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how to remove

by ZWcarp (Beadle)
on Jun 15, 2011 at 21:35 UTC ( #909862=perlquestion: print w/replies, xml ) Need Help??
ZWcarp has asked for the wisdom of the Perl Monks concerning the following question:

Hello All, I was wondering if there is a way to remove a symbol (or special character or whatever) from a file using a one liner similar to

perl -i -pe 'tr/\015//d'

Which I have used to remove special character ^r. Also is their a list of numbers and their corresponding special characters somewhere so that you can edit any special character you might come across. Sorry if this is a dumb question I'm pretty new. Any help would be greatly appreciated!! Thanks

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Re: Special Characters list
by planetscape (Chancellor) on Jun 15, 2011 at 21:39 UTC

      Ok I looked up the code...but the following doesn't seem to be working

      perl -i -pe 'tr/\xe9/FIX/d' test.txt


      perl -i -pe 'tr/\00233/FIX/d' test.txt

      What am I doing wrong? Thanks so much for the help you guys are great

        tr/\xe9/FIX/d is the same as tr/\xE9/F/ and convert chr(0xE9) to "F".

        tr/\00233/FIX/d is the same as tr/3\002/IF/ and converts chr(002) to "F" and "3" to "I".

        What am I doing wrong?

        What are you trying to do?

        You previously alluded that you wanted to remove "é" characters that were encoded as E9.

        perl -i -pe 'tr/\xE9//d'

        But the "FIX" in the new code seems to indicate you want something else.

Re: Special Characters list
by ikegami (Pope) on Jun 15, 2011 at 21:35 UTC

    Wikipedia has charts for many encodings. Your "é" was probably encoded using iso-8859-1, iso-8859-15 or Windows-1252.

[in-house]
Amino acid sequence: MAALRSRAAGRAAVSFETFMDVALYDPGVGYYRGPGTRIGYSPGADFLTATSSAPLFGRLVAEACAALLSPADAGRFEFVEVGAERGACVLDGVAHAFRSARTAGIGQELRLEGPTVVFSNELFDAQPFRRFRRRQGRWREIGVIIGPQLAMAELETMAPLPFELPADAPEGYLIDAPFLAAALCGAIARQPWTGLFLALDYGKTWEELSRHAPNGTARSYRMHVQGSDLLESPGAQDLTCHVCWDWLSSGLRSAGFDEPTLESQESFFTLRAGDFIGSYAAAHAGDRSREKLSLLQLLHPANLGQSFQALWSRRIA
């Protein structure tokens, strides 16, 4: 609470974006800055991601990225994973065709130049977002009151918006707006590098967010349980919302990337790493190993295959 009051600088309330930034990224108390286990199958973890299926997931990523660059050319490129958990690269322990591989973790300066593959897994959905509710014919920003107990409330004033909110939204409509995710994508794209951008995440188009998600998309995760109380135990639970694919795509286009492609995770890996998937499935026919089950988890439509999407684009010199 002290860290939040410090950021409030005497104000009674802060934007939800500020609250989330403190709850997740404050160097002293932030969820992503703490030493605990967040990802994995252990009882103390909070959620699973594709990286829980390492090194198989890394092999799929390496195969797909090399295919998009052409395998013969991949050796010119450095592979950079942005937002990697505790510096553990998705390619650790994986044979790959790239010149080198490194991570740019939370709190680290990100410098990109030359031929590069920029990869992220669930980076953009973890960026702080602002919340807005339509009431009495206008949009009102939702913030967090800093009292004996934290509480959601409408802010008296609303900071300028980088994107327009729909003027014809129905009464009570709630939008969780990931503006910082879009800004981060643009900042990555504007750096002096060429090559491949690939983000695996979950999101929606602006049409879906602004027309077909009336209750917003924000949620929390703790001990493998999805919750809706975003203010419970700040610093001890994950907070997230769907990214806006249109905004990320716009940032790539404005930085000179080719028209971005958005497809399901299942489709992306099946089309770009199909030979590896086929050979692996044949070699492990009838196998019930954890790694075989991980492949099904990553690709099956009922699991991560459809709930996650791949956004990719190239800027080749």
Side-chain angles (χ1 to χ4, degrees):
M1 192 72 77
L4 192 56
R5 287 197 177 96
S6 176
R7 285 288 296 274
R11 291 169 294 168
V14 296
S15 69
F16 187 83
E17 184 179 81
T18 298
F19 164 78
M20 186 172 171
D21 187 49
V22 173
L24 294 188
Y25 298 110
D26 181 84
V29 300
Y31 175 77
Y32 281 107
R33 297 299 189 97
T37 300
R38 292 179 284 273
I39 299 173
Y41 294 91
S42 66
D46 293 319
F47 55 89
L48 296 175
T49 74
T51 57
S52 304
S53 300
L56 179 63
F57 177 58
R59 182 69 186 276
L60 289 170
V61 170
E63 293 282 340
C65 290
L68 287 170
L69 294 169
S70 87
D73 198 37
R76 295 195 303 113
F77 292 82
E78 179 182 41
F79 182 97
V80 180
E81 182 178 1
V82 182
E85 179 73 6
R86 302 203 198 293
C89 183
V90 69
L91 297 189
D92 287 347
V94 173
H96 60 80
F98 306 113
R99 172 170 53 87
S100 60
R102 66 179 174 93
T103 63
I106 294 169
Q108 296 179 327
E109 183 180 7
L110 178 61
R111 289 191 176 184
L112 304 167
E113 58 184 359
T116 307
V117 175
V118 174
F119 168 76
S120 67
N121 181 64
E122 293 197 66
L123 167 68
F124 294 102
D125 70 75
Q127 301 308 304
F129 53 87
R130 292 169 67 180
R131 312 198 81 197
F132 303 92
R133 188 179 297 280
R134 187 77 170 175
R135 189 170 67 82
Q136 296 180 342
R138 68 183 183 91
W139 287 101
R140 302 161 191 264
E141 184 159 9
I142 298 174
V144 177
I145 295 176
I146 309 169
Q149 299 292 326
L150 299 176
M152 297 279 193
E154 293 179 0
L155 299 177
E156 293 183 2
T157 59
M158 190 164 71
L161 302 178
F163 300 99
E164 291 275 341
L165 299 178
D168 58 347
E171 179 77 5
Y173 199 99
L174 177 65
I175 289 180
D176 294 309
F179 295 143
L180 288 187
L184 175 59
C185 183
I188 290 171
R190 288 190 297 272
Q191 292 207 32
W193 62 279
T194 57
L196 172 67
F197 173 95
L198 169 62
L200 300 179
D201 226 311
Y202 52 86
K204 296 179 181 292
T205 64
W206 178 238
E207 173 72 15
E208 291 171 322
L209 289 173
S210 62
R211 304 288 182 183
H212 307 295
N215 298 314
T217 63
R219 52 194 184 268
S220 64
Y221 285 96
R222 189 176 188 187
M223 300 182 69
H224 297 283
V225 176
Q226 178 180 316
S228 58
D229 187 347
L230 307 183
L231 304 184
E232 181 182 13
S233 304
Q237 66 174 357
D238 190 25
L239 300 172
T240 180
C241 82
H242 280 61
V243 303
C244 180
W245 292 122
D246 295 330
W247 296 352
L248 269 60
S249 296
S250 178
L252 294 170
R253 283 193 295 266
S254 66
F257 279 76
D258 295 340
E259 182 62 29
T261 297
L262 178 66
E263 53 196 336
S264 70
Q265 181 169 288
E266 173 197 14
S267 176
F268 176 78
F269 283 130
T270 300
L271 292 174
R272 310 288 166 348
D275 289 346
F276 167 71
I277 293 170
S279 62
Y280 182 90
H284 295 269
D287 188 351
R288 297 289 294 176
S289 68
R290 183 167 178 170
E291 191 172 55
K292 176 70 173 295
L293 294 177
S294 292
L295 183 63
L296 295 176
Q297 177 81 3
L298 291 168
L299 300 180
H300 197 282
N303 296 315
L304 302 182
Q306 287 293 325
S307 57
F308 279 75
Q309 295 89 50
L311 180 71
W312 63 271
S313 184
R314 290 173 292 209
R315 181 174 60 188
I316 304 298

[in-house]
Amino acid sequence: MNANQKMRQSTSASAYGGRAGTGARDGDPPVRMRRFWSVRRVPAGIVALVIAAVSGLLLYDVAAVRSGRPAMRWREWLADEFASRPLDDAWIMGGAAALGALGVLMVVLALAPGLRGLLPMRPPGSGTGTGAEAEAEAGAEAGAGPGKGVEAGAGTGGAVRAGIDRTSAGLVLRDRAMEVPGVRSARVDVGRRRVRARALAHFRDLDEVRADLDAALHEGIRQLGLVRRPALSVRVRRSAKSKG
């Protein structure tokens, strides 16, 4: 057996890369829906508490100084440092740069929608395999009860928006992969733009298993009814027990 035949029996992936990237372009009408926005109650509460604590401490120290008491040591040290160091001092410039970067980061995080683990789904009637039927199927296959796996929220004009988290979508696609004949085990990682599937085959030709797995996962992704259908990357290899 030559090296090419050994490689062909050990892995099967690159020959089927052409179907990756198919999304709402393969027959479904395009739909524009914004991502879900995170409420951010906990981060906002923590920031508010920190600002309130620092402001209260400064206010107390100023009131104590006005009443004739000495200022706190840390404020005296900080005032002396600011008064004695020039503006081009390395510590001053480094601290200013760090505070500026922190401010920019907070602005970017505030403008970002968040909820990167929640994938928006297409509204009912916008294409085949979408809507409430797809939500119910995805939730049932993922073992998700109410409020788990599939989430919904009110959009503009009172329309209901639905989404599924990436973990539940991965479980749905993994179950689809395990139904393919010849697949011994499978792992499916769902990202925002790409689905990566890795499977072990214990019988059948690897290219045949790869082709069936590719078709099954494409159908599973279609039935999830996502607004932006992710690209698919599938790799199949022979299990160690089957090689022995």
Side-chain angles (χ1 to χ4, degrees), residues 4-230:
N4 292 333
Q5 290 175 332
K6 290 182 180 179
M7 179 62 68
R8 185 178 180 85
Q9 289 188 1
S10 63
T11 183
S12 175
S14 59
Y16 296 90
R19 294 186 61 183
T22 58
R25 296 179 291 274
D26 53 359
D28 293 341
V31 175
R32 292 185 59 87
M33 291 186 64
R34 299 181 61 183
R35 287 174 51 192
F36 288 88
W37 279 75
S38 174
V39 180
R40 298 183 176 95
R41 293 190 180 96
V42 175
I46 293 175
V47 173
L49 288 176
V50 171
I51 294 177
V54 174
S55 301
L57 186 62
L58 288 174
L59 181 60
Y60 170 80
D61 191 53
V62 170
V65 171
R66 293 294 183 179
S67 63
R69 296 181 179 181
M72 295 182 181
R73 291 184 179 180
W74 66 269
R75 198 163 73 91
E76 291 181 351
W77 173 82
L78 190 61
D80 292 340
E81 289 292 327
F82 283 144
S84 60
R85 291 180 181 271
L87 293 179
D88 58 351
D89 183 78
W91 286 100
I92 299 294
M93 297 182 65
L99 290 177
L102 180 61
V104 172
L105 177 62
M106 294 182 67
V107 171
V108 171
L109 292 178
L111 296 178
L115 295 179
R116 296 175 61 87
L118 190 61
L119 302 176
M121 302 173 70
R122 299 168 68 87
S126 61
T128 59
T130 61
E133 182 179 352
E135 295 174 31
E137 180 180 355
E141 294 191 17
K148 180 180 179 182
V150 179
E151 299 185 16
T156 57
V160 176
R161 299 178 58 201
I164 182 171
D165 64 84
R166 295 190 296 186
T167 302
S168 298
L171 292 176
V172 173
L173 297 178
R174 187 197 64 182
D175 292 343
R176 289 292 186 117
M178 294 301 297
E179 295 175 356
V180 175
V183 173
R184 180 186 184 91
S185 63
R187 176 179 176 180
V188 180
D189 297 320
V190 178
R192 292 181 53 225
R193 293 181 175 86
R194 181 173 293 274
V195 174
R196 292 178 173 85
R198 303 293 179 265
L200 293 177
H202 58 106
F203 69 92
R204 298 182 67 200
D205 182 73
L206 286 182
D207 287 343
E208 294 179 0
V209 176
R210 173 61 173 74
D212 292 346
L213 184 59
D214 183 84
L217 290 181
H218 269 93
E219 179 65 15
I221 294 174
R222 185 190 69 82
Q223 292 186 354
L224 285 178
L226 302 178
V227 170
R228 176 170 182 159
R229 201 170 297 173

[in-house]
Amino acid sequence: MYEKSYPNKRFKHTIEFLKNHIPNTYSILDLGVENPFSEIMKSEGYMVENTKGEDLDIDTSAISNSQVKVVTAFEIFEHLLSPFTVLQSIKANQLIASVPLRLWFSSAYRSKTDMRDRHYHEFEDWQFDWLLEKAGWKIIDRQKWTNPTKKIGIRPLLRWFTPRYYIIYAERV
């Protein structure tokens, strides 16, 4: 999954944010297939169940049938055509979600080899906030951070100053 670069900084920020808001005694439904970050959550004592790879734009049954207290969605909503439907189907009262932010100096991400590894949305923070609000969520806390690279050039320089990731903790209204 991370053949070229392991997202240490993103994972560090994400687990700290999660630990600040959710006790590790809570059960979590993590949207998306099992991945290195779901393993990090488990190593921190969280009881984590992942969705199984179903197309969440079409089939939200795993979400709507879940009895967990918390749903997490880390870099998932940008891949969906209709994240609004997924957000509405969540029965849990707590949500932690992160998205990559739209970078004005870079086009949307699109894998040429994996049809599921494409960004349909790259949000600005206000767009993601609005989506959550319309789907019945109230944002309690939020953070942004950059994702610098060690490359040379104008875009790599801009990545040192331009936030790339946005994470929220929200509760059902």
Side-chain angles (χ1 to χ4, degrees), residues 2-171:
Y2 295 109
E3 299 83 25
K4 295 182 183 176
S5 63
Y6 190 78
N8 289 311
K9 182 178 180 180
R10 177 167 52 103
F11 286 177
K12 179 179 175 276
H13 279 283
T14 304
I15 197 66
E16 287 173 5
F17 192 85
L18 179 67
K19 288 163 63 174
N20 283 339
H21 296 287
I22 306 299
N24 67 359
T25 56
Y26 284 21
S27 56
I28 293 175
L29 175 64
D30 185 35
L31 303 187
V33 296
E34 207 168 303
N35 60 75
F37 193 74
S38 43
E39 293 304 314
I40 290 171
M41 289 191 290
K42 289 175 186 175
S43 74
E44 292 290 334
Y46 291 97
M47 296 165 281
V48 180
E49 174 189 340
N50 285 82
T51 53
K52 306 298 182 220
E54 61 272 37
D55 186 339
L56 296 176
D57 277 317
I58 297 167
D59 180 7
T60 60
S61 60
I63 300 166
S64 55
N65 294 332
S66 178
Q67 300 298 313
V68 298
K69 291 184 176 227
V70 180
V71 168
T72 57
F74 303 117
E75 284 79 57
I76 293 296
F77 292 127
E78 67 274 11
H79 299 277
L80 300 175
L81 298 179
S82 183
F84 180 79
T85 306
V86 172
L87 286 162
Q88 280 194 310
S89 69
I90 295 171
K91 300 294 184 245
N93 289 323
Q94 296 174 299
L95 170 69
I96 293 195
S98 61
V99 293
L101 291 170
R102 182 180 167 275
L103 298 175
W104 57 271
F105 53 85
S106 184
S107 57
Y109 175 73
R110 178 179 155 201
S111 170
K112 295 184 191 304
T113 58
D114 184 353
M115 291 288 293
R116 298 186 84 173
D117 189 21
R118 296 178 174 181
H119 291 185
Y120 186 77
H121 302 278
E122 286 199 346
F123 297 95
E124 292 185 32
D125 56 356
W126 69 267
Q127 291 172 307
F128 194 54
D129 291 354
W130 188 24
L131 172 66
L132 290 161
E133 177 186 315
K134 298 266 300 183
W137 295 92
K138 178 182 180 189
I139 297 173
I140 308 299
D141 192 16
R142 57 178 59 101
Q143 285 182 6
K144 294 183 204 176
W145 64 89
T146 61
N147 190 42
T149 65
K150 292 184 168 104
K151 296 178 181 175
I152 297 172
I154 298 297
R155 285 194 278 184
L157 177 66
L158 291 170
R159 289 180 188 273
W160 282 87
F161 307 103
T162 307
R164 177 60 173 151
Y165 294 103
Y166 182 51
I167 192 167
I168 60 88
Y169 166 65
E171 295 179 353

If the text were to have been decoded, then you'd be dealing with Unicode codepoints. You can find the numbers of Unicode codepoints (in hex) on the Unicode code charts.

    Another example, Unicode codepoint 20AC: "€":

    iso-8859-15 A4 Windows-1252 80 UTF-8 E2 82 AC UTF-16le AC 20 (at an even offset)
Re: how to remove
by 7stud (Deacon) on Jun 15, 2011 at 23:11 UTC

    You've opened a can of worms. You need to read up on "unicode". The bottom line is that you need to know the "encoding" of any data you read from a file. An "encoding" tells perl how many bytes each integer in your file occupies. Remember computers store characters as integers.

    Here's an example. Suppose these bytes are in your file:

    0000 0001 0000 1000

    If you tell perl that your file is encoded in such a way that the first integer occupies 1 byte, then perl will read the following for the first integer:

    0000 0001

    which is equivalent to 1 in decimal. However, if you tell perl that your file is encoded in such a way that the first integer occupies 2 bytes, then perl will read the following for the first integer:

    0000 0001 0000 1000

    which is equivalent to 8 + 256 = 264 in decimal. So depending on what encoding you specify, perl will read in a different integer(and again remember that the integers are just codes for characters).

    By the way, \015 is not the special character ^r (up arrow+r). \015 is the octal syntax for the decimal integer 13, which is the ascii code for a carriage return. The fact that you tried to remove them from a file is very suspect. Please explain why you were doing that.

      perl -i -pe 'tr/\015/\n/d' Quick fix for getting rid of Excel or other windows markup when reading in a unix or linux environment. this one just changes over the carriage returns as you said.

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